The dispute surrounding Newkirk's attack and eventual death circulates around the possibility that he was straffing a basically non-military target composed of nothing more that ox carts carrying rice. However, pilots on the scene state he was shooting at armored vehicles that in turn fired on him:
"(Three) pilots in Newkirk’s flight believed they had seen armored vehicles. Keeton identified what he saw as a weapon’s carrier. Frank Lawlor thought it was an armored car. Henry M. Gesselbracht, Newkirk’s wingman, wrote in his combat report: 'The two vehicles we fired at, I believe, were armored cars. They were camouflage brown and squarish in appearance. I believe at least one was destroyed.' That was probably what Newkirk thought he saw. He would have no reason to fire on an oxcart."(source)
Pretty much in substantiation of the above by providing a similar view the following is found on the Japan in Northwest Thailand during World War II website:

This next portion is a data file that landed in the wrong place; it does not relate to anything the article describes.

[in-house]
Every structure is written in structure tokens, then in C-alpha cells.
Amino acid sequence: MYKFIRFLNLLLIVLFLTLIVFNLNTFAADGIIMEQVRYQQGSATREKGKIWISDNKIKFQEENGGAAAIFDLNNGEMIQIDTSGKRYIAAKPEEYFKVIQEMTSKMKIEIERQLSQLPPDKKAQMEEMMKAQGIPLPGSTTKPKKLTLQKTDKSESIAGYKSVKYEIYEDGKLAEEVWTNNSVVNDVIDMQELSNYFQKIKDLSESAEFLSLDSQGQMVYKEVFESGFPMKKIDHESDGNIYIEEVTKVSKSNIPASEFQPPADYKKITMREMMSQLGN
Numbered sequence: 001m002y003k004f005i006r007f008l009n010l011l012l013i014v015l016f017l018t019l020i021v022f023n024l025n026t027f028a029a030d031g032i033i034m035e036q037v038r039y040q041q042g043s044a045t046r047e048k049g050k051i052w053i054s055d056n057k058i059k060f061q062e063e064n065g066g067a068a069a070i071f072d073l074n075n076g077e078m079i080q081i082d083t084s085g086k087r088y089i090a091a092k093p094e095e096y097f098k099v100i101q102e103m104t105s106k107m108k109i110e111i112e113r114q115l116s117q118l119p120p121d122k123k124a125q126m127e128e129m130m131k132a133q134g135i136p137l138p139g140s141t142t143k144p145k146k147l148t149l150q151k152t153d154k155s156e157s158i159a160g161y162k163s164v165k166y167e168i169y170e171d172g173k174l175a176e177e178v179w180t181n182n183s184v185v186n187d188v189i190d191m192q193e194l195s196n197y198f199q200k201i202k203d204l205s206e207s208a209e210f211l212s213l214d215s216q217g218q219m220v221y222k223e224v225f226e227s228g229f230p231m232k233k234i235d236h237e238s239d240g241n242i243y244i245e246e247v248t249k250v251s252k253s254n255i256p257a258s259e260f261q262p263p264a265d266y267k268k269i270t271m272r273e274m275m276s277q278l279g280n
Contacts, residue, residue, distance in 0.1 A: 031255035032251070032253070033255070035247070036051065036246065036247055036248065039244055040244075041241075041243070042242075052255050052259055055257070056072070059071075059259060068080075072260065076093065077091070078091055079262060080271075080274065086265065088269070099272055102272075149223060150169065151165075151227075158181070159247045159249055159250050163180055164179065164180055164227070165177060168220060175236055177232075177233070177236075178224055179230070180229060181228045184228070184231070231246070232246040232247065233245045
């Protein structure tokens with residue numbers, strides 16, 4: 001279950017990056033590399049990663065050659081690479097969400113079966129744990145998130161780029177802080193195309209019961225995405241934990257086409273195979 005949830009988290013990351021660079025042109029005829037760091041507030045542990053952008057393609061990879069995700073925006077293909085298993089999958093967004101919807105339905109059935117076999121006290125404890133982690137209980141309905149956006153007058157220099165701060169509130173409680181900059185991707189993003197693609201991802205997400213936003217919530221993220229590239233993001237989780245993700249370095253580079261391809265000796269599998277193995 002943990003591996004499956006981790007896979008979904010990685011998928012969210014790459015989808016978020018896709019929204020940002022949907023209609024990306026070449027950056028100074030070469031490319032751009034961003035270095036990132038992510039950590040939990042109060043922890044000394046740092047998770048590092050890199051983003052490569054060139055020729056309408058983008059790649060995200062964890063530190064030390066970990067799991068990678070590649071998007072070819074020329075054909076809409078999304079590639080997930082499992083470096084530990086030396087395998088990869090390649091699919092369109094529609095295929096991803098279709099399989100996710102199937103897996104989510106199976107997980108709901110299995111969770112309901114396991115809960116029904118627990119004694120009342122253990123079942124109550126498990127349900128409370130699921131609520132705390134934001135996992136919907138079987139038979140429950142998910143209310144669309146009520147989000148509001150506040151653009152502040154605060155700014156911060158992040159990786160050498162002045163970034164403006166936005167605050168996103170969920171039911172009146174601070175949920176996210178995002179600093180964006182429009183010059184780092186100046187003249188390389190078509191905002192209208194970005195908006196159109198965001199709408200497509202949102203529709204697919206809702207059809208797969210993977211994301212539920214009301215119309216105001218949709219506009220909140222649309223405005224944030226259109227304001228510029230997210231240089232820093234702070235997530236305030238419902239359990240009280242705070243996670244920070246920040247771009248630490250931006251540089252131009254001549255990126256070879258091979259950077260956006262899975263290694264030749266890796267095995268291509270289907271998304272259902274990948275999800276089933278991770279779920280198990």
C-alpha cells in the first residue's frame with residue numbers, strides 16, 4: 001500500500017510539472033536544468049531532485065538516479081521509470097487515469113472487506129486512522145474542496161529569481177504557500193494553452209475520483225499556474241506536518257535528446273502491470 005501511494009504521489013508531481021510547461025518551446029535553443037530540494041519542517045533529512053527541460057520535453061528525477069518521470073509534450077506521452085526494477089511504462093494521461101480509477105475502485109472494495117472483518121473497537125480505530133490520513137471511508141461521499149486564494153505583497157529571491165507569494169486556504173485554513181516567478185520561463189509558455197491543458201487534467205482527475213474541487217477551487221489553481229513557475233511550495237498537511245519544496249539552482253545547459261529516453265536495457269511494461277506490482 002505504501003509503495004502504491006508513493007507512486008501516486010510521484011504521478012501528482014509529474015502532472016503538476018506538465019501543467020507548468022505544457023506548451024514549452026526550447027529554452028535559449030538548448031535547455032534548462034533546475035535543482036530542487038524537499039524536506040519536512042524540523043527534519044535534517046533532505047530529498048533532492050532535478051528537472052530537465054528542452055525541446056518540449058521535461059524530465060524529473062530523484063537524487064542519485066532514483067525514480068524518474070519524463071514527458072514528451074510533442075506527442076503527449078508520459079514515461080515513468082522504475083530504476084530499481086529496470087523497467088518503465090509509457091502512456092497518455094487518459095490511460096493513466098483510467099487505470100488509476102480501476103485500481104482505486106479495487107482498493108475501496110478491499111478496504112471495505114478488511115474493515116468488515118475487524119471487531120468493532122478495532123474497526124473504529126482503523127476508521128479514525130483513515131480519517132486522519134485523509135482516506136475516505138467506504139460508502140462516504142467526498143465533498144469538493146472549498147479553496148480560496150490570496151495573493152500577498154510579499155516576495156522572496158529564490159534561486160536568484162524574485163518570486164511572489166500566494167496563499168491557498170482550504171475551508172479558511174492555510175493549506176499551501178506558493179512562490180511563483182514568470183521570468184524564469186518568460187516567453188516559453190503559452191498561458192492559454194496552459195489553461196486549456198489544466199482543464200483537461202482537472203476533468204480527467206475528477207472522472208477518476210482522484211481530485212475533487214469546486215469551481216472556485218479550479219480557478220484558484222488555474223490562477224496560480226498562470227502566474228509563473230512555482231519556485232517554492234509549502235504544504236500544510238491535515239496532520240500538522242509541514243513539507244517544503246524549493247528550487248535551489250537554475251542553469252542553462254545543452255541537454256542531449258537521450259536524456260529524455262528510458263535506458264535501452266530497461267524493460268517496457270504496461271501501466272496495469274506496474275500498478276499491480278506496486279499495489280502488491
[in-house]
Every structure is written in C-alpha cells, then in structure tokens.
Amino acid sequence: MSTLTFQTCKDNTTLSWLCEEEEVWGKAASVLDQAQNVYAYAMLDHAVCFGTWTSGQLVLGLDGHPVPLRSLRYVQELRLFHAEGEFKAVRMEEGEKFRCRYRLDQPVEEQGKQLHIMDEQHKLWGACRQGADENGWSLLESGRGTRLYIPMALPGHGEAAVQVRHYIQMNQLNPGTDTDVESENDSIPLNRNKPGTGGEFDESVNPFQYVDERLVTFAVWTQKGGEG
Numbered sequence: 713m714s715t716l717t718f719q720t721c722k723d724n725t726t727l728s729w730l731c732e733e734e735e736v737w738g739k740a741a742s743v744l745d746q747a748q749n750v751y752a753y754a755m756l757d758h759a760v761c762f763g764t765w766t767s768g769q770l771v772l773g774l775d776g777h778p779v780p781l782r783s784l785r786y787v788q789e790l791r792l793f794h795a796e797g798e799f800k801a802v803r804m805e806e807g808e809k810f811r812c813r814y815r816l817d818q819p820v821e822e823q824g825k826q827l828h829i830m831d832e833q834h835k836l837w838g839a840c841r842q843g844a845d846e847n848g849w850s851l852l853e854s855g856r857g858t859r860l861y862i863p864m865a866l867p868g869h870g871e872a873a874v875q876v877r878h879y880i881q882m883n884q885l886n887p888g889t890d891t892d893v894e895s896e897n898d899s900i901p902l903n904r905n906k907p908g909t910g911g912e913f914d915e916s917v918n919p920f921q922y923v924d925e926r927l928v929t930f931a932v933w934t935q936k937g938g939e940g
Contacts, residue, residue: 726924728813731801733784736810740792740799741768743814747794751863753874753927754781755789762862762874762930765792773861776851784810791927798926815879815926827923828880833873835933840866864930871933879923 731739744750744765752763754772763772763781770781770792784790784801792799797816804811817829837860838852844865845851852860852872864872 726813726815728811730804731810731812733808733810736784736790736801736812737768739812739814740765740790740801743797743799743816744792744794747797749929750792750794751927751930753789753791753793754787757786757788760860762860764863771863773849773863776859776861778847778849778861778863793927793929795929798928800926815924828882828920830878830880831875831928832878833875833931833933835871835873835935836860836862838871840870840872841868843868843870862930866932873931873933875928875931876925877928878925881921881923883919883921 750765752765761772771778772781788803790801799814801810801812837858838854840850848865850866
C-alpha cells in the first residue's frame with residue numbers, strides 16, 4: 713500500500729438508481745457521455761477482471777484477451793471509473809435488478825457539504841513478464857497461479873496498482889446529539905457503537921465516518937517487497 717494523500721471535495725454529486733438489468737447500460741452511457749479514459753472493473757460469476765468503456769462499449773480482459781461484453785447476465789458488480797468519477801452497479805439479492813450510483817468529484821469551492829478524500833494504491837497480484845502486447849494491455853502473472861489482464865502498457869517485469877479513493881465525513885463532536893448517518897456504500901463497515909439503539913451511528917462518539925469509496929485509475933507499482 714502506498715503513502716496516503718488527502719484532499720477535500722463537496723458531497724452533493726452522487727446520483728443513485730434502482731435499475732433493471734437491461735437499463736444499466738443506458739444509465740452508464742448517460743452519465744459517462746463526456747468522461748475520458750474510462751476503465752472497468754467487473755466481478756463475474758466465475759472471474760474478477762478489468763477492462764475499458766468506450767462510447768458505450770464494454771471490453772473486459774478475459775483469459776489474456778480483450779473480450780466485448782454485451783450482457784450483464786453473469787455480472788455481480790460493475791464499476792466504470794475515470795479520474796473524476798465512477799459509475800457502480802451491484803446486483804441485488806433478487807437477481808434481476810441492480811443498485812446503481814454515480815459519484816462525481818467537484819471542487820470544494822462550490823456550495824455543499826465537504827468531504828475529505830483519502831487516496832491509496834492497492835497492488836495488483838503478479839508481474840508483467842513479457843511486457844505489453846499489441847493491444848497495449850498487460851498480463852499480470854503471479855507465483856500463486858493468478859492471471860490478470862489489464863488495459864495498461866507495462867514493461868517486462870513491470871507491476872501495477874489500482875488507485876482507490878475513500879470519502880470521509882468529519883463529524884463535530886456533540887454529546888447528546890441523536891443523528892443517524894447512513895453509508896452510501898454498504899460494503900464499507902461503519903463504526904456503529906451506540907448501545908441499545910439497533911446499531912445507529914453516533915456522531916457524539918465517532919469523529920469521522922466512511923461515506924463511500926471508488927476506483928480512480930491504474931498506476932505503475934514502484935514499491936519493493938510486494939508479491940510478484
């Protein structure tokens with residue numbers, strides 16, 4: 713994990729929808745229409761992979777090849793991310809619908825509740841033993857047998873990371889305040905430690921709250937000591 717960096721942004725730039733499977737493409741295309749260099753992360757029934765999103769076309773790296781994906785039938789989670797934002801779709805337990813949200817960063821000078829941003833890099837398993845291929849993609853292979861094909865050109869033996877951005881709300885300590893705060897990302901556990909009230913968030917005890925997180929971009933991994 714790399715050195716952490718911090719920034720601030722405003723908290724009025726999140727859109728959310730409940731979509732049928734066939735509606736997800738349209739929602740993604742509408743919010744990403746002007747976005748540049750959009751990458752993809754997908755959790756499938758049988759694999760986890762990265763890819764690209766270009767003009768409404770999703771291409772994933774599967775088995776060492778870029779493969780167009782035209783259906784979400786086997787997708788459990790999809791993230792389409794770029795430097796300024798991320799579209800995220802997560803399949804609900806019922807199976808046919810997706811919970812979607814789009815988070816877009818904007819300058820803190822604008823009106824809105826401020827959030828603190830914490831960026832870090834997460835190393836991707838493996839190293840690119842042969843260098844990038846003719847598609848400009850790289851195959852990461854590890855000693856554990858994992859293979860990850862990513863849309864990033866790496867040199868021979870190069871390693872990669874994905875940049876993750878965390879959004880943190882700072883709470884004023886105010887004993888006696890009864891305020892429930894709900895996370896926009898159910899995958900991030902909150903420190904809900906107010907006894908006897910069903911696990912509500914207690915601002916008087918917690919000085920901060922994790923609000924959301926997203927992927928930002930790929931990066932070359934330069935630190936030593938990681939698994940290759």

"Newkirk, having been fired on by an anti-aircraft (AA) battery at the Ban Tha Lo railroad bridge, proceed to circle to make a run on the bridge to return fire and neutralize the AA battery. He would have planned to approach the AA battery as low as possible in order to get below the vertical range of those guns. During that run, as he was completing his turn to line up on the bridge, he was distracted by a 'target of opportunity,' just momentarily, but long enough so that he could not react in time to avoid a flame tree --- if he even saw it at all."(source)
In the meantime, during the 1st Squadron's ensuing battle over Chiang Mai, William McGarry’s P-40 was struck by groundfire and began trailing smoke. He bailed out with his plane slamming into the jungle miles away leaving nothing but a pile of crumpled metal and miscellaneous pieces of P-40 junk as graphically illustrated in the photo below:
McGARRY'S SMASHED P-40 FLYING TIGER AFTER 50 YEARS IN A THAILAND JUNGLE
(click image then click again for a larger size)
THE TANGO SQUADRON AIR MUSEUM, CHIANG MAI
COLONEL HARVEY GREENLAW: